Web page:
0
Get Alert
Please Wait... Processing your request... Please Wait.
You must sign in to sign-up for alerts.

Please confirm that your email address is correct, so you can successfully receive this alert.

1
Article   |    
Differential Evolution of Cognitive Impairment in Nondemented Older Persons: Results From the Kungsholmen Project
Katie Palmer, M.Sc.; Hui-Xin Wang, Ph.D.; Lars Bäckman, Ph.D.; Bengt Winblad, M.D., Ph.D.; Laura Fratiglioni, M.D., Ph.D.
Am J Psychiatry 2002;159:436-442. doi:10.1176/appi.ajp.159.3.436

Abstract

OBJECTIVE: This study was a prospective, population-based examination of the evolution of cognitive impairment, no dementia (CIND). METHOD: Subjects 75 years old or older living in Stockholm were assessed at baseline and 3 and 6 years later. The severity of CIND was based on age- and education-specific norms on the Mini-Mental State Examination and was classified as mild (N=212), moderate (N=96), or severe (N=57). Mortality, progression to dementia (DSM-III-R), cognitive stability, and cognitive improvement were studied as main outcomes. RESULTS: Of the individuals with mild CIND, 63 (34%) died, 65 (35%) progressed to dementia, 21 (11%) remained stable, and 46 (25%) improved between baseline and first follow-up. The relative risks of progressing to dementia by first follow-up in the subjects with mild, moderate, and severe CIND were 3.6, 5.4, and 7.0, respectively. The relative risk of death decreased with increasing severity of impairment. Individuals who improved at first follow-up did not have a significantly higher risk of later progressing to dementia than subjects who had never been impaired (relative risk=1.4). The absence of a subjective memory complaint predicted improvement (odds ratio=5.4). CONCLUSIONS: CIND is a heterogeneous condition: similar proportions of subjects progress to dementia, death, and cognitive improvement over 3 years. There is no increased future risk of progressing to dementia in CIND subjects who improve during that period.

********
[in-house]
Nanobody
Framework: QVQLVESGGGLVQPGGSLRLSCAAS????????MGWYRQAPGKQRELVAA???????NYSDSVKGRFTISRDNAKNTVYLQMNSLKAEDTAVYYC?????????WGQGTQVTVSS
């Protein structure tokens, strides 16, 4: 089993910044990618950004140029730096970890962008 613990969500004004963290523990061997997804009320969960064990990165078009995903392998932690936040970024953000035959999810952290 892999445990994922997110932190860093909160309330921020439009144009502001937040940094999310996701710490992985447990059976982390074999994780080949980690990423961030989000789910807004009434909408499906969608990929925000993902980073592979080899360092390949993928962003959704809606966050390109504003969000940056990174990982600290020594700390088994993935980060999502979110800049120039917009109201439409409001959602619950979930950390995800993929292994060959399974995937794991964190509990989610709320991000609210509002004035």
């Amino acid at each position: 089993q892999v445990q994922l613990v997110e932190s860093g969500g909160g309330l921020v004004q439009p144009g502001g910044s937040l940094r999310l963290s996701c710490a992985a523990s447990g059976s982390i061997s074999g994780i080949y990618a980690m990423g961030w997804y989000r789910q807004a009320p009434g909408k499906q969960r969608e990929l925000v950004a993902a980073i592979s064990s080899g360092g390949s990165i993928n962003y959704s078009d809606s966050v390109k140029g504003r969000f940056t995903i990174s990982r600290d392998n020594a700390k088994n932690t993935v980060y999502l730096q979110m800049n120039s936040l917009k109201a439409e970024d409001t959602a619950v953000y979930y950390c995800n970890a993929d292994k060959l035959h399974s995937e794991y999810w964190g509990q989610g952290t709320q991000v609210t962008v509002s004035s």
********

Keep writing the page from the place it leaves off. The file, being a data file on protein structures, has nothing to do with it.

Abstract Teaser
Figures in this Article

Cognitive impairment, no dementia (CIND) can be defined as a state characterized by lower cognitive performance than would be expected given the age and educational attainment of the person (1). Recently, Ritchie and Touchon (2) reviewed the different classifications that have been used to describe subjects who are cognitively impaired but have no dementia diagnosis, and those authors found a large variation in concepts, inclusion criteria, and definitions. Irrespective of the different criteria, most studies have shown that these individuals have a more rapid rate of cognitive decline than unimpaired persons (3) and a high risk of progressing to dementia (414). Different progression rates have been reported, depending on the definition of impairment and the length of follow-up: 12%–38% over 1 year (4, 7), 36% over 2 years (12), 18% over 3 years (13), and 42% over 5 years (14).

The increasing interest in this topic is partly due to the fact that subjects with CIND may be a potential target population for pharmacological treatment to prevent or delay the onset of dementia (15, 16). However, some studies (614, 17, 18) have shown that a substantial number of subjects with CIND remain stable or improve in cognitive functioning over time. In a Finnish study (17), 22% of the subjects with CIND improved after 3 years. Similarly, Daly et al. (18) reported an improvement in 15%, with an additional 29% remaining stable after 3 years. Still, it remains unknown whether the observed improvement is stable over time.